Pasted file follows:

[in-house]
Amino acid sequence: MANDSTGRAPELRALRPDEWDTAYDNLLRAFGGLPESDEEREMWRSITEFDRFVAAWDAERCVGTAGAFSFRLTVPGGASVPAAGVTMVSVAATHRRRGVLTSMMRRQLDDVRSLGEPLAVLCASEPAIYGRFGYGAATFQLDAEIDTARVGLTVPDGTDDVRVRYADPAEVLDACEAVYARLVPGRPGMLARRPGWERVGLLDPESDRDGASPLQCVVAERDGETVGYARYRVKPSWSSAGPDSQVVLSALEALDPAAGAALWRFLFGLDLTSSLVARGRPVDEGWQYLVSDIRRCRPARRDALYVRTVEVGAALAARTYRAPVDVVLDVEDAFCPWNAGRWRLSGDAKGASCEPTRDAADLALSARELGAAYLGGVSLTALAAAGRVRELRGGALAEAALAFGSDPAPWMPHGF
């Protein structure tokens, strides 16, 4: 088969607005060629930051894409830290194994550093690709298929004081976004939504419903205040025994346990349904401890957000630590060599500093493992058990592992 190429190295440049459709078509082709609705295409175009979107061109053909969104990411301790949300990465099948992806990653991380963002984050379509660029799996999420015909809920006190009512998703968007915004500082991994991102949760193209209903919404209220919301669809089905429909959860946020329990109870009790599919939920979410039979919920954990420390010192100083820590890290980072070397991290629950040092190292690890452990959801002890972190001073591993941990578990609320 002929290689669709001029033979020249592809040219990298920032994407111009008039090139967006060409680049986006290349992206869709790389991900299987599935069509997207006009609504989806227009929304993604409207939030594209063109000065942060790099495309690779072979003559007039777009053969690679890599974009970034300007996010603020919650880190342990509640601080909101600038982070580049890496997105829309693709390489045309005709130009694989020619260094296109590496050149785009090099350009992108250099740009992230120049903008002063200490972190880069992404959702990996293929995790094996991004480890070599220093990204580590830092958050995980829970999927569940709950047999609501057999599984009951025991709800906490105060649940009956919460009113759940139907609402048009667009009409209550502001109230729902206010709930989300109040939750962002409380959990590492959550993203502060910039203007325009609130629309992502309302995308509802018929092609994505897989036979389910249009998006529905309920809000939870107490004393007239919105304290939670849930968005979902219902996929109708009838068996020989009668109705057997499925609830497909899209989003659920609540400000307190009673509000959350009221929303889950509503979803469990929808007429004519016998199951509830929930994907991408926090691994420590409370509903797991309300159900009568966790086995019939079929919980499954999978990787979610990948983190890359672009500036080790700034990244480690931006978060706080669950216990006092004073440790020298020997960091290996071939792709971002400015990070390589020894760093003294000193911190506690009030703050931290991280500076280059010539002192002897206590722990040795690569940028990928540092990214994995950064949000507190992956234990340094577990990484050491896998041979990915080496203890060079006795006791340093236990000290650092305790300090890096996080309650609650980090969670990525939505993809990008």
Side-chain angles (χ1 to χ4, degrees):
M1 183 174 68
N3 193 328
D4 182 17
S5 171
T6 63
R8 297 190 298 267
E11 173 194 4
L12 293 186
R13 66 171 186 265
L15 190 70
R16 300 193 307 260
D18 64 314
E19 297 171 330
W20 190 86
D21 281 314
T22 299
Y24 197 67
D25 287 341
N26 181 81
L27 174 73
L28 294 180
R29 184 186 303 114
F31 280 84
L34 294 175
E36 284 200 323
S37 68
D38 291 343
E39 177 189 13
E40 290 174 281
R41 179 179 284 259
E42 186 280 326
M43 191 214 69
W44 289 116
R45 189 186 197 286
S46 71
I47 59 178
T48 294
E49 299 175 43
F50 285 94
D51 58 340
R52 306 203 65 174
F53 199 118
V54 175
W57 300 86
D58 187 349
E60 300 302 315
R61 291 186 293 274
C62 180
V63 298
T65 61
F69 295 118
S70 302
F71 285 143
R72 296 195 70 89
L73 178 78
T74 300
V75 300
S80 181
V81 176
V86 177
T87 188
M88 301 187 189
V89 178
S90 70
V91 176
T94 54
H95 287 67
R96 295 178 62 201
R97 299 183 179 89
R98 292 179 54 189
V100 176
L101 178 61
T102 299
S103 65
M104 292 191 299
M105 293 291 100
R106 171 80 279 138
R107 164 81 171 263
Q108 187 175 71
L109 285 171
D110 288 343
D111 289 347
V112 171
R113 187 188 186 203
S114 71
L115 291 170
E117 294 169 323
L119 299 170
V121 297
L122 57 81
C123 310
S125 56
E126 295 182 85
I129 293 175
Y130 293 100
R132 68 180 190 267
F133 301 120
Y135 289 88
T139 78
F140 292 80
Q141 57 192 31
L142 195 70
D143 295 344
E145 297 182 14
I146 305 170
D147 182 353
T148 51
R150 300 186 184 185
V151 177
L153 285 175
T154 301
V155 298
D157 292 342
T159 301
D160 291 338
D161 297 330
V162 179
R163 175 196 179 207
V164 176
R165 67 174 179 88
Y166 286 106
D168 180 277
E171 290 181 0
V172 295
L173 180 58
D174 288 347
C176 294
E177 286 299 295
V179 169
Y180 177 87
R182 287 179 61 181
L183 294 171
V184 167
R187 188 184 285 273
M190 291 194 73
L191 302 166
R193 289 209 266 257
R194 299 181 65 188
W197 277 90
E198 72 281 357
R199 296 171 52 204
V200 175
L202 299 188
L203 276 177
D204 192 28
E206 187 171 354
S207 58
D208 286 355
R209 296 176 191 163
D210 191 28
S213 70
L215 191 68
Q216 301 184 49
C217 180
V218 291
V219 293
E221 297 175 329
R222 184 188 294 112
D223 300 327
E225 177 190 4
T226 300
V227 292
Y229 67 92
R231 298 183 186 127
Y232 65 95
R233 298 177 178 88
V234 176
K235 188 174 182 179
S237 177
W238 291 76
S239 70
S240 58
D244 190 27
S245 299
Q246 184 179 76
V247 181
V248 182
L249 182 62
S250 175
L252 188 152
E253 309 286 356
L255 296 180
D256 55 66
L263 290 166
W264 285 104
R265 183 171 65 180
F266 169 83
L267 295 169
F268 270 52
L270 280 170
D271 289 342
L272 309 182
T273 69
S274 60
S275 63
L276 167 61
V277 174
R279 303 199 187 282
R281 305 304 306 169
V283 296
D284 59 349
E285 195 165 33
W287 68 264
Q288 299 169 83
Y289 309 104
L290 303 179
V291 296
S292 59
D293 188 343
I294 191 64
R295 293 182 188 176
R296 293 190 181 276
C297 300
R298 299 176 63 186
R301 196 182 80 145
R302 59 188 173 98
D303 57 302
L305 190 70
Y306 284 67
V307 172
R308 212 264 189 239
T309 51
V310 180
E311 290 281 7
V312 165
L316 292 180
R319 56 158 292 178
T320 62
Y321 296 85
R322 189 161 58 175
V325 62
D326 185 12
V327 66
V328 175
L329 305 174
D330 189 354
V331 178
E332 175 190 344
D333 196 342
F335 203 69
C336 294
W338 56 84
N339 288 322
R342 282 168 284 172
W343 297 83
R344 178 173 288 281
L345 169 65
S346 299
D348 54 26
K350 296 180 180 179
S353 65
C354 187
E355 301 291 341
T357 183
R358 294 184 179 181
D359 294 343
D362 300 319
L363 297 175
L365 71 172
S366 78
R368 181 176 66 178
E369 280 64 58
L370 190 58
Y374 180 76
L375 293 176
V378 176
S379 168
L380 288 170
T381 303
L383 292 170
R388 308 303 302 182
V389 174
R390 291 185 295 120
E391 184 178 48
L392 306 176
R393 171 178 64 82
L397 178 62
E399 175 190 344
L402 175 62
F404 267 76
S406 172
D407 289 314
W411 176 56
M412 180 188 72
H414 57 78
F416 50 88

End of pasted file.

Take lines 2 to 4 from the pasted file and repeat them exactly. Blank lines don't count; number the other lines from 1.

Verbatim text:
Amino acid sequence: MANDSTGRAPELRALRPDEWDTAYDNLLRAFGGLPESDEEREMWRSITEFDRFVAAWDAERCVGTAGAFSFRLTVPGGASVPAAGVTMVSVAATHRRRGVLTSMMRRQLDDVRSLGEPLAVLCASEPAIYGRFGYGAATFQLDAEIDTARVGLTVPDGTDDVRVRYADPAEVLDACEAVYARLVPGRPGMLARRPGWERVGLLDPESDRDGASPLQCVVAERDGETVGYARYRVKPSWSSAGPDSQVVLSALEALDPAAGAALWRFLFGLDLTSSLVARGRPVDEGWQYLVSDIRRCRPARRDALYVRTVEVGAALAARTYRAPVDVVLDVEDAFCPWNAGRWRLSGDAKGASCEPTRDAADLALSARELGAAYLGGVSLTALAAAGRVRELRGGALAEAALAFGSDPAPWMPHGF
């Protein structure tokens, strides 16, 4: 088969607005060629930051894409830290194994550093690709298929004081976004939504419903205040025994346990349904401890957000630590060599500093493992058990592992 190429190295440049459709078509082709609705295409175009979107061109053909969104990411301790949300990465099948992806990653991380963002984050379509660029799996999420015909809920006190009512998703968007915004500082991994991102949760193209209903919404209220919301669809089905429909959860946020329990109870009790599919939920979410039979919920954990420390010192100083820590890290980072070397991290629950040092190292690890452990959801002890972190001073591993941990578990609320 002929290689669709001029033979020249592809040219990298920032994407111009008039090139967006060409680049986006290349992206869709790389991900299987599935069509997207006009609504989806227009929304993604409207939030594209063109000065942060790099495309690779072979003559007039777009053969690679890599974009970034300007996010603020919650880190342990509640601080909101600038982070580049890496997105829309693709390489045309005709130009694989020619260094296109590496050149785009090099350009992108250099740009992230120049903008002063200490972190880069992404959702990996293929995790094996991004480890070599220093990204580590830092958050995980829970999927569940709950047999609501057999599984009951025991709800906490105060649940009956919460009113759940139907609402048009667009009409209550502001109230729902206010709930989300109040939750962002409380959990590492959550993203502060910039203007325009609130629309992502309302995308509802018929092609994505897989036979389910249009998006529905309920809000939870107490004393007239919105304290939670849930968005979902219902996929109708009838068996020989009668109705057997499925609830497909899209989003659920609540400000307190009673509000959350009221929303889950509503979803469990929808007429004519016998199951509830929930994907991408926090691994420590409370509903797991309300159900009568966790086995019939079929919980499954999978990787979610990948983190890359672009500036080790700034990244480690931006978060706080669950216990006092004073440790020298020997960091290996071939792709971002400015990070390589020894760093003294000193911190506690009030703050931290991280500076280059010539002192002897206590722990040795690569940028990928540092990214994995950064949000507190992956234990340094577990990484050491896998041979990915080496203890060079006795006791340093236990000290650092305790300090890096996080309650609650980090969670990525939505993809990008």
Side-chain angles (χ1 to χ4, degrees):